Lawyer Julie Rikelman of the Center for Reproductive Rights is quoted on the case: "What's critical to remember," she contends, "is that the court has long said that a woman's liberty interests are unique when it comes to pregnancy. Her body and health are deeply affected by pregnancy, as is the course of her life, her ability to work, go to school and to prosper.”
Will the Supreme Court reinterpret the Constitution for all people capable of pregnancy? Will they attempt to usher in a regressive era that is again, both paternalistic and oppressive? Not only is it important to look at the parallels to disability and racial reproductive history, but we must assess and contrast the current climate of activism around social justice.
American scholar and social justice advocate Dorothy Roberts writes in “Killing the Black Body”: “Reproductive liberty must encompass more than the protection of an individual woman’s choice to end her pregnancy. It must encompass the full range of procreative activities, including the ability to bear a child, and it must acknowledge that we make reproductive decisions within a social context, including inequalities of wealth and power. Reproductive freedom is a matter of social justice, not individual choice.”
In the University of Alabama at Birmingham Institute for Human Rights’ blog, reproductive justice is described this way, “Built upon the United Nations human rights framework, reproductive justice is an intersectionality issue where reproductive rights and social justice are combined so the voices of LGBTQ+ people, marginalized women, and minority communities are uplifted.” By inference the disability community is included.
Disability justice is social justice. Reproductive justice is social justice, activists say, including this one. Liberty. Justice. Imperiled words in our Constitution. Imperiled rights of Americans to liberty and justice. Framing the debate this way instead of “personal choice,” though undeniably a personal choice, gives weight to our understanding of a complex, nuanced environment in which this decision takes place, and the autonomy and freedom in which it must take place.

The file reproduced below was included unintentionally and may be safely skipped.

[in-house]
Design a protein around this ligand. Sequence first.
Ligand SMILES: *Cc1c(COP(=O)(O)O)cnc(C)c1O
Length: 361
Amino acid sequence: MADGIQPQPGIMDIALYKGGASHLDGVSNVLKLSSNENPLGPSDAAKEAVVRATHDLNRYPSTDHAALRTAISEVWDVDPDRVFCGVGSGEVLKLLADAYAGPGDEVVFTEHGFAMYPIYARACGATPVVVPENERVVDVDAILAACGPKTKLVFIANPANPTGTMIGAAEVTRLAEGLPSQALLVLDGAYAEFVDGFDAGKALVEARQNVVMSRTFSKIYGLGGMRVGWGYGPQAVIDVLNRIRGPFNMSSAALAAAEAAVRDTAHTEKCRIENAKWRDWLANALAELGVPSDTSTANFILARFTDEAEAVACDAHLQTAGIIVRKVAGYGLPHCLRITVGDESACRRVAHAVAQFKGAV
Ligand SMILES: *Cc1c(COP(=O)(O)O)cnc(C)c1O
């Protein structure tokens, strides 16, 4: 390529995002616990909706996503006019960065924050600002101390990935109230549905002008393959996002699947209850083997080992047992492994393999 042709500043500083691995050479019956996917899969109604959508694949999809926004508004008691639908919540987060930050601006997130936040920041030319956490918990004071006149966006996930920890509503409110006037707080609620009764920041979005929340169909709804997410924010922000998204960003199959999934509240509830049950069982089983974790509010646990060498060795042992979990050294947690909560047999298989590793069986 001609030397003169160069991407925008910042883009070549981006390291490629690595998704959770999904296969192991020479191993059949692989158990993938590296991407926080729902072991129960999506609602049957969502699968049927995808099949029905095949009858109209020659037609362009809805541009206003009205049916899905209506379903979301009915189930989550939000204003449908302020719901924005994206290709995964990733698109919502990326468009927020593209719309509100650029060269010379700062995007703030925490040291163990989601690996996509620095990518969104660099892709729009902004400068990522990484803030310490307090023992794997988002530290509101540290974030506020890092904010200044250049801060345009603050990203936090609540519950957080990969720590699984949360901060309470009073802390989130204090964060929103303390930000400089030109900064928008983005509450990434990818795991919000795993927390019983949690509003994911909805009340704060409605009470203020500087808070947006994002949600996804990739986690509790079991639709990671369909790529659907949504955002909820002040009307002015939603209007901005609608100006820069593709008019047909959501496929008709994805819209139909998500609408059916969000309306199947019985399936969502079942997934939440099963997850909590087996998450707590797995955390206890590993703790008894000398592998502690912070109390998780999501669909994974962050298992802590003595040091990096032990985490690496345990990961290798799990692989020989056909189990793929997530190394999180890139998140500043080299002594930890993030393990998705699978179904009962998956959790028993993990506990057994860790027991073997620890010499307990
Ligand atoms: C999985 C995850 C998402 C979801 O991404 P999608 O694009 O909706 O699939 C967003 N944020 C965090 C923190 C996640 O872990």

Access to reproductive health services looks different for those on lower income or without insurance. It looks different for rural communities in Iowa where there are no labor and delivery services nearby. It looks different for those discriminated against by the health care system because they are disabled. It looks different for a white woman with adequate income able to exercise her reproductive rights. But when reproductive rights and social/disability justice are combined in holistic reproductive justice goals, a more equal and inclusive framework for all is possible. It is not only access to health care decisions, but the social and economic supports that make it possible to live with those decisions.
The challengers to Roe v. Wade may think they can turn back time, but what they may not anticipate is between now and next summer, when a decision is handed down, there is plenty of time for activists to raise their voices. There is time for our Democratic leadership to enact federal legislation in support of reproductive justice, so we don't go down the path again of an oppressive, regressive and dangerous regime. We must protect not only marginalized groups like the disability community, but all Americans who deserve reproductive health and justice. We must start by passing the Women’s Health Protection Act.
Julie Russell-Steuart is the chair of the Disability Caucus of the Iowa Democratic Party, an organizer in Science for Safe Schools and an artist/activist from Reinbeck, Iowa.